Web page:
I stayed in my shadowed space, under the line of trees atop the small rise, gazing down on my lovely ship, for as long as I could. When I knew that Lynch and Andre would be growing anxious, and may endeavor to seek me, I turned my back on my Grace, and crept back, with a heavy heart and a jet-black mind, to where Lynch waited, and then together we returned to Andre, and then here, to the house of Diego Colina.

On the morrow I will take the last steps required to see my men freed, though if the Grace can no longer sail through time, I know not how the Shadowman will respond. It does not change what I must do. I will give this log to Lynch, who can carry it to Ian or Vaughn, who can read it; they will together plot a new course for the men who have followed me, and now will follow me no more, for they must not go where I go.

I shall not return.

I wish ye well, lads, and may all the blessings of Heaven and Earth descend upon ye all. Ye deserve every one.

Goodbye.

Signed this day, the Seventh of October in the year Two Thousand and Eleven,

Damnation Kane

Once Captain of the Grace of Ireland, and her crew

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Log #78: Meeting With The Devil

Captain’s Log, October the Sixth: Midnight

 

By the Morrigan, patience is – no. She is not the deity I should swear to, if patience is what I seek. The war goddess, the devourer; this is not her virtue. I should swear by Lugh, the long-handed, and by Goibniu; the smiths, the craftsmen. They know the necessity of waiting.

But by all the gods, and all the devils, it is hard.

I will record what has transpired this evening so that I may gather my wits about me, for I have need of them all. There is more work still to be done, this night. I will wait while Andre goes to confer with Two-Saint; the passage of hours cannot but help the chances of our success, and so it is not a hindrance that he has gone. It is not our endeavor that is at risk, only my sanity. Only my sanity.

I will write. I will write slowly, recording all detail, and empty my mind of all thoughts, the better to prepare myself for the course ahead.

It is, in  truth, the better way, for in haste lies folly, rash mistakes that can – and often do, and often have in mine own life’s book – mount and multiply into a tidal wave of error that may wash over a man and sink his every plan. A minor instance: the name I learned this evening past, I heard at the outset as Irish: it begins with the O of our fathers, and I did not consider the unlikelihood of the man who bears it having Irish blood flowing under his black skin. When I conferred with Andre as to the identity of our foe, I gave the name a touch of the lilt of Erin – O’Caughgaweay, perhaps; enough of an Irishing that Andre did not recognize the appellation. After many repetitions as we drove the Jeep-beast to the house of Diego Colina, it struck him that what I tried to speak was in truth the name Okagaweh. It is African, Andre told me, after giving me the proper shape of it. That name, he knew. That name, he must speak of to Two-Saint.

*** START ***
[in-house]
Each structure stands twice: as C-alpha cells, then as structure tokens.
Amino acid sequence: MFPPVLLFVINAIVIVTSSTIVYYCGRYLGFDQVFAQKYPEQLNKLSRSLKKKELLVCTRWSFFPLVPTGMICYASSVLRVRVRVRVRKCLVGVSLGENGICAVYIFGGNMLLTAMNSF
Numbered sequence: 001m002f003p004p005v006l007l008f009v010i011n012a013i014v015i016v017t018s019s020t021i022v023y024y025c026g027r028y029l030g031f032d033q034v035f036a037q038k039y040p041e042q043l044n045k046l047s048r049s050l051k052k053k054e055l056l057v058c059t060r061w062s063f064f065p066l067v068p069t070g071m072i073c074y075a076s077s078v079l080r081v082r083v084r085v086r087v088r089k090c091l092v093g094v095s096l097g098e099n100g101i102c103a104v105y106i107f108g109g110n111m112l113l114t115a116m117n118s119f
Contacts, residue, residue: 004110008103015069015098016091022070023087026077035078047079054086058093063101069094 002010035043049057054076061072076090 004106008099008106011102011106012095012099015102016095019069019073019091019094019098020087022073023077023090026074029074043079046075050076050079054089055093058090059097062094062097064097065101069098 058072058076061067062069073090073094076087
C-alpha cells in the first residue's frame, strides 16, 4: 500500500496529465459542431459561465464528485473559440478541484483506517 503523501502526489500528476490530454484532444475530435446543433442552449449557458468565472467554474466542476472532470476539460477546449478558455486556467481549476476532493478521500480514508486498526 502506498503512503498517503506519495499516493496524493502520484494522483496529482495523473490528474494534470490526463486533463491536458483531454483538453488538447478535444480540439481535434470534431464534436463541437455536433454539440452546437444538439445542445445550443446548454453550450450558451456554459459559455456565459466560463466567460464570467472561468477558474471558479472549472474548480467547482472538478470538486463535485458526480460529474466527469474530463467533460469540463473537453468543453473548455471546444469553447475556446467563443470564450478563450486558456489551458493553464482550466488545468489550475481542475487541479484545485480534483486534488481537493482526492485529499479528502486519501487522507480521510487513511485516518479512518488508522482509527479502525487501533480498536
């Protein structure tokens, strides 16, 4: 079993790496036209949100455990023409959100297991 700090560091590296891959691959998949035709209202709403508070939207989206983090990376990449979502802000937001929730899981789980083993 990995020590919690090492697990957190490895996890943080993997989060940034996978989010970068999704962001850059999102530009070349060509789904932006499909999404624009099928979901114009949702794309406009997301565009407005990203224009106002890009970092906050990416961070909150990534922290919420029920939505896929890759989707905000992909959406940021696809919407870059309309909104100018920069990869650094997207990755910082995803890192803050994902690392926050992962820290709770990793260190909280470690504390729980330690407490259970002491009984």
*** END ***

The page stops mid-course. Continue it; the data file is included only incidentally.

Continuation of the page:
And I must wait.

And record how I did learn it.

I want to trust the man. My heart and my wits are unified in urging me to do so; his demeanor was sober and sincere – and utterly without hope. That last was perhaps the most persuasive, as it showed me that he has no hidden motivations, no subtle intentions; he has thrown his longings and ambitions over the rail, and allows the winds of the world to carry him wheresoever they will. But is despair to serve as proof of constancy?

Was Lucifer himself not the most beautiful and best loved of the angels until the very moment of his fall? I wonder, when the Morning Star rebelled against the Almighty – did he have hope of success? Or was his despair so absolute that even his own immolation would be preferable to continuing to bear that weight of hopelessness? I can not rely on my impression of this man. But then, I am not God, nor is that creature with his claws sunk into the man’s throat – I remember the dream I had in Charleston, while delirious at St. Vincent’s hospice, and that, at least, seems to have been a true vision.

But by the gods, I trust my own prophesy no better than that man I saw today.

Aye. I must rely on him. ‘Tis a trap to think that he hath changed his colors, his blood, his loyalty. I do stand assured that his words were true; but I will remember that the Devil may cite scripture to his purpose. And he is the Devil’s Lash, and may use true words to work sinister plots. I will use his truth to accomplish my own purpose, and not to serve his.

***

I spoke with Captain Nicholas Hobbes this day.

We did return after supper to Jack’s Bar and Grill, where Andre, as the least obtrusive of our company, stepped within the common room to seek an English sailor within. Having sighted one such – and only one, showing that our luck, or providence, or the favor of my mother’s gods for her blood in me, has not wholly abandoned us – he withdrew and kept a watch without while Kelly and I strode boldly in to confront whatever man Jack of the Sea-Cat was imbibing ale by his lonesome.

When I saw that it was Hobbes himself; when I saw that he sat in a shadowed corner, at a table for two, with a bottle of wine before him; when I saw that, in all particulars that I could recall, the interior of this establishment coincided precisely with my dream – I felt a cold hand grip my heart, my breath, my thoughts. I stopped instantly, looking (without any need to search the space, so familiar was it to me) to the counter to see if Donal Carter was serving plates from the body of my cousin Hugh Moran.

God rest his soul. And forgive me for cursing him for his betrayal. And may it please thee, Lord – or thee, Dagda, Morrigan, Manannán Mac Lir who watcheth over sailors – protect me from what enchantment has placed foreknowledge into my mind. I do not seek or wish to possess the powers of the gods. I wish only to free my ship and my men. But let Thy will be done, whosoever’s gaze be peering down on me. Let it be done.